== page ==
Apart from other necessities like food, clothing, and shelter, one fundamental human need is to appear cool amongst one’s peers. Picture the quintessential Palaeolithic person, said to have lived 2.85 million years ago. The ones who figured out lighting a fire were unquestionably cool, probably swaggering around the cave, nonchalantly smoothing down their leopard-skin togs to indicate it was nothing really. Yes, the humble brag perhaps started way back then, right around the time cave paintings and rudimentary speech were available to make mammoth-hunting look effortless.
It’s always been a fine line between the real coolth and the studied facsimile. Pretend cool has its fair share of followers, people who buy into the fake because they are so keen to associate with anything that is perceived as cool in their desperate urge to be cool.
But true coolth has to not only be effortless, it has to be unaware of its own coolth. It has a certain quantum quality to it – the minute the person becomes too concerned about his or her cool quotient, it isn’t quite as cool. Getting hot under the collar about being cool is a contradiction of sorts, right?
The anti-thesis of being on-trend is someone trying too hard to be trendy. There’s a new word for it these days – cheugy. Pronounced ‘chew-gee’, it’s meaning is equal parts ‘enthu cutlet’ and ‘wannabe’. The word was coined by a Gen Z girl (under-24) to poke fun at the millennials (in the 25 to 40 years age-group), who, she believed are out of date and trying too hard. I tend to agree when it’s referring to hipster beards and vegan warriors. But the fact remains, you can be cheugy at any age and stage of life. The word caught on and has taken on a life of its own.
Did you just post a ‘posed candid’ picture of yourself looking away from the camera, hash-tagged ‘Mood’ or ‘Sunday’? That’s cheugy.
Do you wear tees with pithy quips on them? Do some of them have unicorns? Do you pride yourself on flaunting designer logos? Do you wear velvet loungewear in hot and humid Mumbai just because your fave social media star in San Francisco does? Cheugy to the core.
Fan of K-Jo and Anurag Kashyap? Cheug. SRK and Akshay Kumar? Cheug. Arijit Singh? Cheugy to the max.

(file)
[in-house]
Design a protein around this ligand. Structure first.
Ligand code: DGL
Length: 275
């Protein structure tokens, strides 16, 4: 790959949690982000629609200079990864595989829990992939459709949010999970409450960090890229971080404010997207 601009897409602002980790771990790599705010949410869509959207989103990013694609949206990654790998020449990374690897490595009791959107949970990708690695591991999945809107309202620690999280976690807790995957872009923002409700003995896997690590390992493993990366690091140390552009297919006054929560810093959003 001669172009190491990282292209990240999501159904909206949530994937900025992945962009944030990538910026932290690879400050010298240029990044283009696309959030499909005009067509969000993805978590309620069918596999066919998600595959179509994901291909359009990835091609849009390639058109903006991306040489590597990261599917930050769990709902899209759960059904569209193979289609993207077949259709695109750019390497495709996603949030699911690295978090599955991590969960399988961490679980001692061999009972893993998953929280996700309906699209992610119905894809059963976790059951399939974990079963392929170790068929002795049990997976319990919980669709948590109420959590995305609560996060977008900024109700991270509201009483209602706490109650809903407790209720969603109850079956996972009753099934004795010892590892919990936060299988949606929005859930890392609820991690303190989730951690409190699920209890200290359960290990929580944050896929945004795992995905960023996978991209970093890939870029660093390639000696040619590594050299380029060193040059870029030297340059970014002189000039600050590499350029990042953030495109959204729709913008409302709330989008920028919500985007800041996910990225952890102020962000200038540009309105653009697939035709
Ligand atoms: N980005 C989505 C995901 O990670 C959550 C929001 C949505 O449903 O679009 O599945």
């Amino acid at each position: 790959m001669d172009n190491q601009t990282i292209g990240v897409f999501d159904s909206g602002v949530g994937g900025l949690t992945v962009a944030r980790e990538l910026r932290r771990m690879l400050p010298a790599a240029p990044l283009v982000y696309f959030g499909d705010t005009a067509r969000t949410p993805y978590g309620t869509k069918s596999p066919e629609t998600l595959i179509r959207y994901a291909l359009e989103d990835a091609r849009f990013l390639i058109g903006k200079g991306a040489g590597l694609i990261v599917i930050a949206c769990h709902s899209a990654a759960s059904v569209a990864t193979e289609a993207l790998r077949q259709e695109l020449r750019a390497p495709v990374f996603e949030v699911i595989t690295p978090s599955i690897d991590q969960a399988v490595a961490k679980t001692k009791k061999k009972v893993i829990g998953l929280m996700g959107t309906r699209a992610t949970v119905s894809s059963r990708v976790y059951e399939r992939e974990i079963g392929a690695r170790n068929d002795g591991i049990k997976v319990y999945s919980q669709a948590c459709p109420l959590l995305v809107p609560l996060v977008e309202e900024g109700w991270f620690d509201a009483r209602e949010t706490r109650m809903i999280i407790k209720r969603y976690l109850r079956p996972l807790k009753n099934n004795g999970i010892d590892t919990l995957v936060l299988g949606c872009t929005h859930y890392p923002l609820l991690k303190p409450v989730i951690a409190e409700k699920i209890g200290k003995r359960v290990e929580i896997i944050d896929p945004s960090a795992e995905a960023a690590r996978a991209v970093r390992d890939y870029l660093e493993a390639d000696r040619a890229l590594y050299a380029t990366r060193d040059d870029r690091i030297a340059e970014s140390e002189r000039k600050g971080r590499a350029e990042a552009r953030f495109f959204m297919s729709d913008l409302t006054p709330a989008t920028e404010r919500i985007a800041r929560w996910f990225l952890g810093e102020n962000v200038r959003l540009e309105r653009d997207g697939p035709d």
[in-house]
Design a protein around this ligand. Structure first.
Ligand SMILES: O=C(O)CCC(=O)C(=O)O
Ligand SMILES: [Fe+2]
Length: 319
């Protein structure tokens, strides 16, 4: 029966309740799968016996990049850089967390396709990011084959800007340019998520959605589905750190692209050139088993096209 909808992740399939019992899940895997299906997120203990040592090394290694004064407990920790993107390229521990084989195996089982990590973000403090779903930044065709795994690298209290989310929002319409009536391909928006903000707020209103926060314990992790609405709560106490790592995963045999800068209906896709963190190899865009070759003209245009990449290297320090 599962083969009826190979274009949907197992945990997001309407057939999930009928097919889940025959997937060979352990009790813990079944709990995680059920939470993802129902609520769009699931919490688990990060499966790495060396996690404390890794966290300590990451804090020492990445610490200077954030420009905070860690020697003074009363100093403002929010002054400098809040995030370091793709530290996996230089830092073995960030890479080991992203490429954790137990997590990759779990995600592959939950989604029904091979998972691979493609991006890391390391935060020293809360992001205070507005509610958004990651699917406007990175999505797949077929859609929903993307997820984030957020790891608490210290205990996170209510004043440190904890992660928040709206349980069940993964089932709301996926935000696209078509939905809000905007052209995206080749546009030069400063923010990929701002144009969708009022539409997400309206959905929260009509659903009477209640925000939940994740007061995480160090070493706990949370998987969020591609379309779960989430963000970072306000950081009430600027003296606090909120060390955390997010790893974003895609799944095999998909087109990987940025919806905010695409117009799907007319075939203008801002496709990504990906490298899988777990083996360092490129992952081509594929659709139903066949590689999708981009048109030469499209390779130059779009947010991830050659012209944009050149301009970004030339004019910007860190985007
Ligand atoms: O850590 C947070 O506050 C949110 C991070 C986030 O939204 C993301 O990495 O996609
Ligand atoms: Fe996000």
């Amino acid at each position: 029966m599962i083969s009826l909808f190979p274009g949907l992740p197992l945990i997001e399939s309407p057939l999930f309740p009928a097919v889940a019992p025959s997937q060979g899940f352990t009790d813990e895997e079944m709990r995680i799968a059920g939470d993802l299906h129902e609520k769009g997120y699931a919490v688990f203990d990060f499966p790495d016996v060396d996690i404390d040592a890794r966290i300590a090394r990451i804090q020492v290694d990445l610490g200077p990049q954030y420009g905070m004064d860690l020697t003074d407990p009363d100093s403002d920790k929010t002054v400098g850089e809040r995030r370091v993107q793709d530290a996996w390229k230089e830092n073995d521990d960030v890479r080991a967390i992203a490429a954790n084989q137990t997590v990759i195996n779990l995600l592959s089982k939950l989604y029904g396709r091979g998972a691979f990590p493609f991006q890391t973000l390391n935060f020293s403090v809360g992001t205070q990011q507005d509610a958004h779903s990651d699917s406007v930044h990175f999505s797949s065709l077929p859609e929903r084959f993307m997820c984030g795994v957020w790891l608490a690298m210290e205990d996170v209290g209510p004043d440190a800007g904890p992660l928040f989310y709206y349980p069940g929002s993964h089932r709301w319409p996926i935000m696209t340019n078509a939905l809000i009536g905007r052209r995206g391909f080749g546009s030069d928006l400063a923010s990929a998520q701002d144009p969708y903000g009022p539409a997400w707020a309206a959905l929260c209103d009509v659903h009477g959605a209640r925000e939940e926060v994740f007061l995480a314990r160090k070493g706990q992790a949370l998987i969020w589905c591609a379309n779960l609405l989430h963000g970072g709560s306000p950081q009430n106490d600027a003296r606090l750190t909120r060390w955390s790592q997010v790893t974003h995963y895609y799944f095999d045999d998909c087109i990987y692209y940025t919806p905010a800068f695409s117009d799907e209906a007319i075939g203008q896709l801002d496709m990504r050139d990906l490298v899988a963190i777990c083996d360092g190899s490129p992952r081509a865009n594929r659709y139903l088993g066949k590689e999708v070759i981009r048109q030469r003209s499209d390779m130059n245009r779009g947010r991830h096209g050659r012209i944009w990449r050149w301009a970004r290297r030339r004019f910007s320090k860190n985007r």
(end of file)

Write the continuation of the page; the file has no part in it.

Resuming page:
Are you drinking matcha lattes or hard kombucha and eating avocado toast even though you hate them? Are you ‘doing’ keto or opting for Intermittent Fasting diets publicly, but bingeing on farsaan in private? Face it, you’re cheugy, inside out.
Was your birthday incomplete without a tsunami cake? Are you still talking about the Friends reunion? Do you dabble in resin art and quilling in your down time? That’s a whole lot of cheuggery, to be honest.
If your social media feed includes: your floating breakfast in the Maldives; you pretend-holding the tip of any monument; you making the heart symbol with your fingers; slides with your own words quoted; dance challenge reels with filters that make you unrecognisable; and birthday wishes to well-known people accompanied by selfies force-clicked with them; then, the cheug police is most likely to pay you a visit really soon!
There’s just so much that can be classified cheugy in urban, upscale India. Because everyone is on the make. And the new currency isn’t just crypto, it’s also social. The cave person we talked about earlier only wanted to be liked by his or her mates and to be looked up to by some of them. But today, everyone wants to be everything. Hence there are instant experts, people who read a few research papers and become WhatsApp-a-quote machines, the talking heads that are trotted out on Insta and Facebook ‘lives’ each time ‘their’ subject is the topic du jour. The ones who are invited to speak in Clubhouse chats and Zoom webinars, the kind where everyone speaks and very few listen.
Even for ‘personalities’, it’s not enough to specialise in their particular pet subject. So, a baker needs to dance; a dancer needs to show off her green thumb; a gardening enthusiast must also be a finance wiz; a banker must also bake… and the cycle continues. In a world where multi-tasking and multiple talents are now the norm rather than the exception, there’s a lot of pressure for excelling in everything. Being cool has never been so competitive.
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